If you notice, you can’t really create new lines in a normal string. You’ll get an error.
let string = "Line 1 Line 2 Line 3";
If you run the above lines of code, you’ll get an error that says:
Create multiline strings using the Template syntax
An ES6 boon, template strings have made things so much easier for programmers. But I’d have to say that the fact that they let you create multiline strings is one of their best features.
To start with, let’s create an empty div element of id ‘content’ in HTML. We’re going to display our multiline string in this element to test it out. We’ll be using this code setup for the rest of the examples in this article.
Next, let’s create our template string. Template strings start and end with backticks, like this: `String`. Within this, you can place a normal string, or in our case, a string that spans multiple lines, as shown below.
Finally, let’s retrieve the ‘content’ div element, and place our string in its innerText to display it on screen .
let string = `Hello there I am John!`; const content = document.getElementById('content'); content.innerText = string;
When we run the above lines of code, we’ll get:
Can create paragraphs too
You can also go ahead an create paragraphs within your strings by using the template string syntax, like the one below:
let string = `Hi, I'm John Smith. How have you been? I'm doing well, thank you! Hi, I'm Amber Smith. How have you been? I'm doing well, thank you!`;
When we try to display this string on the browser, we’ll get:
Using the newline character
The second method of doing this is by using the newline character. As the name implies, the newline character breaks the string by creating a single new line, just like the
tag in HTML.
let string = "Hi\nthere\nhow\nare\nyou?";
HTML in a template string
The beauty of template strings is that they let you create complete HTML templates within the strings, and the integrity of the tags will be maintained exactly in the output.
For example, we’ve created a variable ‘string’, and within it, we’ve assigned a template string that has a ‘div’ element that wraps around a ‘h1’ heading and 2 paragraphs, as shown below:
let string = ` <div> <h1>Heading</h1> <p>Para 1</p> <p>Para 2</p> </div> `;
But we need to change something about this code to make it work. So far, we’ve been assigning the ‘string’ value to our HTML element’s innerText property.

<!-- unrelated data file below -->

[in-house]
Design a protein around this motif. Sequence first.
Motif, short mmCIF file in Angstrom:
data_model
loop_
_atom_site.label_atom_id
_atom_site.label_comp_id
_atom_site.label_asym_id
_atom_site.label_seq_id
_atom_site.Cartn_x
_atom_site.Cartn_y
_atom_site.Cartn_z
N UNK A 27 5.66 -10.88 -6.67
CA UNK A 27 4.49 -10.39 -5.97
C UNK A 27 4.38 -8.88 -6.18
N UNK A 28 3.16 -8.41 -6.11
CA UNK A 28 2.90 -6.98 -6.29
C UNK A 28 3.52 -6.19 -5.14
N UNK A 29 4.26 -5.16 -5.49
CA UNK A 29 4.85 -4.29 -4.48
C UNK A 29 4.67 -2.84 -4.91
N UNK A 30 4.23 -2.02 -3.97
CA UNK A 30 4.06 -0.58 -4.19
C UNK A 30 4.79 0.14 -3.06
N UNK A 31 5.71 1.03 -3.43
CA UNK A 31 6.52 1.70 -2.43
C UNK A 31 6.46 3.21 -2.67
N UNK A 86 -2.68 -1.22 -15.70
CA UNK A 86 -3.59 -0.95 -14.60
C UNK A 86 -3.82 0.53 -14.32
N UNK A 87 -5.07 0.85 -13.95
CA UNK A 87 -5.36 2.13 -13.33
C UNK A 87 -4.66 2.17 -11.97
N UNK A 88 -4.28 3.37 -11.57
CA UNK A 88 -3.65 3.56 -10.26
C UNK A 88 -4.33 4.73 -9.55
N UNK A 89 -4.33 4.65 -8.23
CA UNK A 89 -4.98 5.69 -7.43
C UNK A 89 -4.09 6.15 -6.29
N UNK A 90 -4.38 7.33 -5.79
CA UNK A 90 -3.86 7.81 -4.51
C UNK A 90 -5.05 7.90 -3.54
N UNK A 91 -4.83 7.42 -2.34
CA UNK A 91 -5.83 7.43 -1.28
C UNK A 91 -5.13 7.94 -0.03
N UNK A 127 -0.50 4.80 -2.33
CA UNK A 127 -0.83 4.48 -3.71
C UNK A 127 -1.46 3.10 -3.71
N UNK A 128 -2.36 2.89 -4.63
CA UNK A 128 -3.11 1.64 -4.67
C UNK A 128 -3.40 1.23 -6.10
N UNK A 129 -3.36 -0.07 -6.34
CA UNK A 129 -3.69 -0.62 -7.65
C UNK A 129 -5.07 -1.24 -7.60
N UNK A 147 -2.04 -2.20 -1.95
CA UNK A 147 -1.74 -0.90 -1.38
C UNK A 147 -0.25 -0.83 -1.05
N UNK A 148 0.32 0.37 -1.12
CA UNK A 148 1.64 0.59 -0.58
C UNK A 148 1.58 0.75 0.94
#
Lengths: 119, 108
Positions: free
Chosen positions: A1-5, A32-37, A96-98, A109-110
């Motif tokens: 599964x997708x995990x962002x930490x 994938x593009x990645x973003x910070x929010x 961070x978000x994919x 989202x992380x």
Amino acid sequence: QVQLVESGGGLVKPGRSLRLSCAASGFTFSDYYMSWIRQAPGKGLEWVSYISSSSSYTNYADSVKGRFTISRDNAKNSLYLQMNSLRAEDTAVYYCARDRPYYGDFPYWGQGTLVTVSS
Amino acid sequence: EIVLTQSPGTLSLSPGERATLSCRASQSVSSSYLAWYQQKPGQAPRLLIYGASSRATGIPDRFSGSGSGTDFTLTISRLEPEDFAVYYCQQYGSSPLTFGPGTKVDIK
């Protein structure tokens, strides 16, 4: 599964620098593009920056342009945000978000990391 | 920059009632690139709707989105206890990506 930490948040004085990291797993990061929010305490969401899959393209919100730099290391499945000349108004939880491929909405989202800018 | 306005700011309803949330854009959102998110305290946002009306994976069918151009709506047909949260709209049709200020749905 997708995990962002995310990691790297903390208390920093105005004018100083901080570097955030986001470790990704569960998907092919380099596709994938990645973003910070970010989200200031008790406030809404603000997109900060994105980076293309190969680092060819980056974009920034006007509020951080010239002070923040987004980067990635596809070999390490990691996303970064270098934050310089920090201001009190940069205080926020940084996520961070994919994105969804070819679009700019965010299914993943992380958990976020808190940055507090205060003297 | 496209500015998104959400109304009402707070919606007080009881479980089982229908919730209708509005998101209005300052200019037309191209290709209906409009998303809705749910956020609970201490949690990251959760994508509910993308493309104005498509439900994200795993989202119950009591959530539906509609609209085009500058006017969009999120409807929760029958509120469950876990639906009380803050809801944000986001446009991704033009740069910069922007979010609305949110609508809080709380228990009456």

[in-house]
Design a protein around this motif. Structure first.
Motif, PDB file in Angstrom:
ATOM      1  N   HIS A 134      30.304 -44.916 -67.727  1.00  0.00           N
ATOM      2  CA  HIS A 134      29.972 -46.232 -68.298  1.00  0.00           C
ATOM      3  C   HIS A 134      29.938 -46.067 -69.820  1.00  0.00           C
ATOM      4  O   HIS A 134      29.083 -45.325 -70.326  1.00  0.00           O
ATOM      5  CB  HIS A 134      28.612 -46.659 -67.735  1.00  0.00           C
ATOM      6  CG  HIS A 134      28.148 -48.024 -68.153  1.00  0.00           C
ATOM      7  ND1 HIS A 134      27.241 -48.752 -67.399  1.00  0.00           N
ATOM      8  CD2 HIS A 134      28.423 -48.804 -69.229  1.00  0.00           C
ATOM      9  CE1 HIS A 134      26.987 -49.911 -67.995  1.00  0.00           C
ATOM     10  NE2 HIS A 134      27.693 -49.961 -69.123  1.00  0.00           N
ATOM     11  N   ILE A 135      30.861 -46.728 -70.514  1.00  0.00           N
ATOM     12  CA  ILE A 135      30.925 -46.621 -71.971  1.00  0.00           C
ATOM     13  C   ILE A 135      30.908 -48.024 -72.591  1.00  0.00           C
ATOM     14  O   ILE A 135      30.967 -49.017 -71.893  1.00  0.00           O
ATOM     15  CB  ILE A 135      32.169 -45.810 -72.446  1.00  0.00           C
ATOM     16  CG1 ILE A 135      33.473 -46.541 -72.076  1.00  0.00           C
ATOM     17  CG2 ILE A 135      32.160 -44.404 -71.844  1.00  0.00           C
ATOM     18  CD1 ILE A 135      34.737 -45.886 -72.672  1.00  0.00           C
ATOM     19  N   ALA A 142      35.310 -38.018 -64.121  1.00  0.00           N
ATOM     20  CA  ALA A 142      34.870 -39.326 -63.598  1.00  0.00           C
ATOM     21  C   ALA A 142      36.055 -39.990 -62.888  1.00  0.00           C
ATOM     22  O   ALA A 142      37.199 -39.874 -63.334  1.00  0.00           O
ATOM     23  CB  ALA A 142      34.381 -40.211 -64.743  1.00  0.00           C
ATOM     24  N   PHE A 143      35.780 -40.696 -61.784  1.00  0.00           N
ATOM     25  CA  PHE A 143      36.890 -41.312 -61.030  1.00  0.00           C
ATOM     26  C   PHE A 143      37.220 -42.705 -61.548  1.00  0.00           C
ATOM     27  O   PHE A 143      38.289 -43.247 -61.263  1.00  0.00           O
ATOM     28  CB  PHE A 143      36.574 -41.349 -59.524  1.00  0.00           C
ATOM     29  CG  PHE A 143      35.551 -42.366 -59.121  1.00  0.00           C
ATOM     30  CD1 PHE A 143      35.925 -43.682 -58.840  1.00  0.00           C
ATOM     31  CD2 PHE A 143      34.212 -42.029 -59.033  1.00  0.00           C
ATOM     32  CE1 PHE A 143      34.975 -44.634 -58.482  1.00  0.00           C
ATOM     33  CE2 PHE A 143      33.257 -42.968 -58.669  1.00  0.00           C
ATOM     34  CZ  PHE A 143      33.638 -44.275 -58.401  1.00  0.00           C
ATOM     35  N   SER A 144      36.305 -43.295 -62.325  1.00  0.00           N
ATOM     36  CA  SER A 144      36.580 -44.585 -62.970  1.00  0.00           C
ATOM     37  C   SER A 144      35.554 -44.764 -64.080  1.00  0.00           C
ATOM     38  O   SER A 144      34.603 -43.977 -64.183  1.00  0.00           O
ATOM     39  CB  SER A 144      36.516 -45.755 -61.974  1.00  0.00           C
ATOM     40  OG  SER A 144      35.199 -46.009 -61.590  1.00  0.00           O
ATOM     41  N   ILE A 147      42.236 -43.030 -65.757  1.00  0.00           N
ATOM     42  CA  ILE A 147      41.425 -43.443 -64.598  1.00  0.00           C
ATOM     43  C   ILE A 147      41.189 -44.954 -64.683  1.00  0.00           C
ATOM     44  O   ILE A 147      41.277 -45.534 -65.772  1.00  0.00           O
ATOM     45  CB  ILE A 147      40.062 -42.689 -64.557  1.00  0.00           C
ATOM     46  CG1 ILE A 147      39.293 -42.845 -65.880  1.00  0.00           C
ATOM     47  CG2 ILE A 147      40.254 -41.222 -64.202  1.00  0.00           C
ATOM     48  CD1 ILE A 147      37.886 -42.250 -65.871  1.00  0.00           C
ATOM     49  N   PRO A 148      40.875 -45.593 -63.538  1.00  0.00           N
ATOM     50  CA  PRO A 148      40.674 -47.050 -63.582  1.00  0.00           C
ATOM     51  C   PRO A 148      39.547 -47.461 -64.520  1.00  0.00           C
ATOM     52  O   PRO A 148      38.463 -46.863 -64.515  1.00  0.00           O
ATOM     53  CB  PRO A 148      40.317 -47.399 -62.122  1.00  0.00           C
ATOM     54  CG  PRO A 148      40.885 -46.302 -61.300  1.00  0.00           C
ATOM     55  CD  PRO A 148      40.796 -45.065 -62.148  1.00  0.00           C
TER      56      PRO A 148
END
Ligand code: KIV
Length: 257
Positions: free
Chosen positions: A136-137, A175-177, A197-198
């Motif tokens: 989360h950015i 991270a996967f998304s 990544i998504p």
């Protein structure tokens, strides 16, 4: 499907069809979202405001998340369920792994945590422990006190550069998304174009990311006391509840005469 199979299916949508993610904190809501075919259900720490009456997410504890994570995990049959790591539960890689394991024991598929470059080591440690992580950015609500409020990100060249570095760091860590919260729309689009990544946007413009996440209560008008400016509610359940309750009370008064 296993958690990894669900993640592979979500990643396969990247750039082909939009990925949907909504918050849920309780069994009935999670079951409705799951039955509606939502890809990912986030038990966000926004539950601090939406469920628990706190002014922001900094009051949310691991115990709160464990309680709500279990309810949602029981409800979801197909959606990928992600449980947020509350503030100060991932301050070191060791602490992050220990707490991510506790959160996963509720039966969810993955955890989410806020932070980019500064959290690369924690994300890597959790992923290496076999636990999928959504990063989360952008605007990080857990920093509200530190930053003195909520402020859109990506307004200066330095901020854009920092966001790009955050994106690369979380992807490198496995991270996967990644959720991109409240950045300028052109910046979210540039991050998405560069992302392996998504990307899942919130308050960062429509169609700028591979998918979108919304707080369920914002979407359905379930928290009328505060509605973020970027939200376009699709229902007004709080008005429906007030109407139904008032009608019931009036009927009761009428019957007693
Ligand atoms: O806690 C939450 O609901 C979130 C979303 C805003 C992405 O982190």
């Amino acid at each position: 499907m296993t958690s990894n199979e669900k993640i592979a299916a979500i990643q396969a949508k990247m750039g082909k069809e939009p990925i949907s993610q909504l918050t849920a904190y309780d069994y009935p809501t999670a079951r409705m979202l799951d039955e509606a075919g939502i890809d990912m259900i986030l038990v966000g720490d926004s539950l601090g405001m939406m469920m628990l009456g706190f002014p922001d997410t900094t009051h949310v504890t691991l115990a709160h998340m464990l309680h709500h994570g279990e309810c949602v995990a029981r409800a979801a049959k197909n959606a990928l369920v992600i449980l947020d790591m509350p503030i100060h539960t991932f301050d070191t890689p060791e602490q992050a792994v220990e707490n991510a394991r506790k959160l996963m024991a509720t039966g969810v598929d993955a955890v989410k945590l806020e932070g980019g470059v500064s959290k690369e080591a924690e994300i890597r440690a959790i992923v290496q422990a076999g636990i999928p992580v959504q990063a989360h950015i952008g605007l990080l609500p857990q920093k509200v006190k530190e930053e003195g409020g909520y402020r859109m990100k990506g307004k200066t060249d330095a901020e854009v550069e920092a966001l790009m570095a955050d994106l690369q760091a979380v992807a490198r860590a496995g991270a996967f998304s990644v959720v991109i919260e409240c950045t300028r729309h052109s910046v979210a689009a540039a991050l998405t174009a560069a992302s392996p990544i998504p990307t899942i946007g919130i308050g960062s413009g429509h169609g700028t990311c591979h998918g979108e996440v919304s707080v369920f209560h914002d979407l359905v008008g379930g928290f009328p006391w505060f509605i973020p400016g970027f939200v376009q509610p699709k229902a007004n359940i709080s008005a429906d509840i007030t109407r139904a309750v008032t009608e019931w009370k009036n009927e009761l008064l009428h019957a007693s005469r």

If we do the same with this example, we’ll end up with the exact HTML code being printed out in the browser, and not the output we desire (bolded heading and 2 paragraphs in separate lines).
To prevent this, we need to use the innerHTML property instead, and assign this HTML code to that property, like this:
const content = document.getElementById('content'); content.innerHTML = string;
When we run the above lines of code, we’ll get:
As you can see, the heading is bold, the paragraphs are in separate lines, and everything is within a div block, as you can check in the ‘inspect’ option in your Google Chrome browser.
Concatenating HTML code inside strings
We can also concatenate the HTML tags, with the content, to create the same result as the one shown above. The only difference lies in the fact that its much easier to create HTML templates in template strings than with regular string concatenation.
let string = "<div>" + "<h1>Heading</h1>" + "<p>Para 1</p>" + "<p>Para 2</p>" + "</div>";
When we run the above lines of code (use innerHTML instead of innerText), we’ll get the same result as the previous example.
Using the break tag
As I mentioned before, the newline character works similar to the break tag in HTML, the only difference being that we’re using \n directly inside the string and
is used in HTML.
But we also saw that we can create HTML tags within our strings by concatenating them together. So, why don’t we create new lines by using the break tag directly inside our strings? Possible? Yes, very much so, as shown in the example below:
let string = 'Hi there!' + '<br/>How have you been?';
As you can see in the above example, we’ve created our first part of the string, ‘Hi there’, and then we’ve concatenated the next part ‘How have you been?’. But, right before the second part, we’ve included a
tag right within the second part of the string.
When we run the above lines of code, we can see the 2 lines of strings created, as shown below (use innerHTML instead of innerText for this example as well):
Using the break tag and string concatenation – Example 2
To make things simpler, we can concatenate the break tag right before assigning it to our preferred element’s innerHTML property, like this:
let string = 'Hi there!'; let string2 = 'How are you doing?' const content = document.getElementById('content'); content.innerHTML = string + "<br/>" + string2;
When we run the above lines of code, we’ll get the same output as the previous example.
We’ve looked at
- Using the template strings
- Using the newline character
- Using HTML tags with template strings to produce multi-line text, and finally,
- Using the ‘br’ tag with simple string concatenation.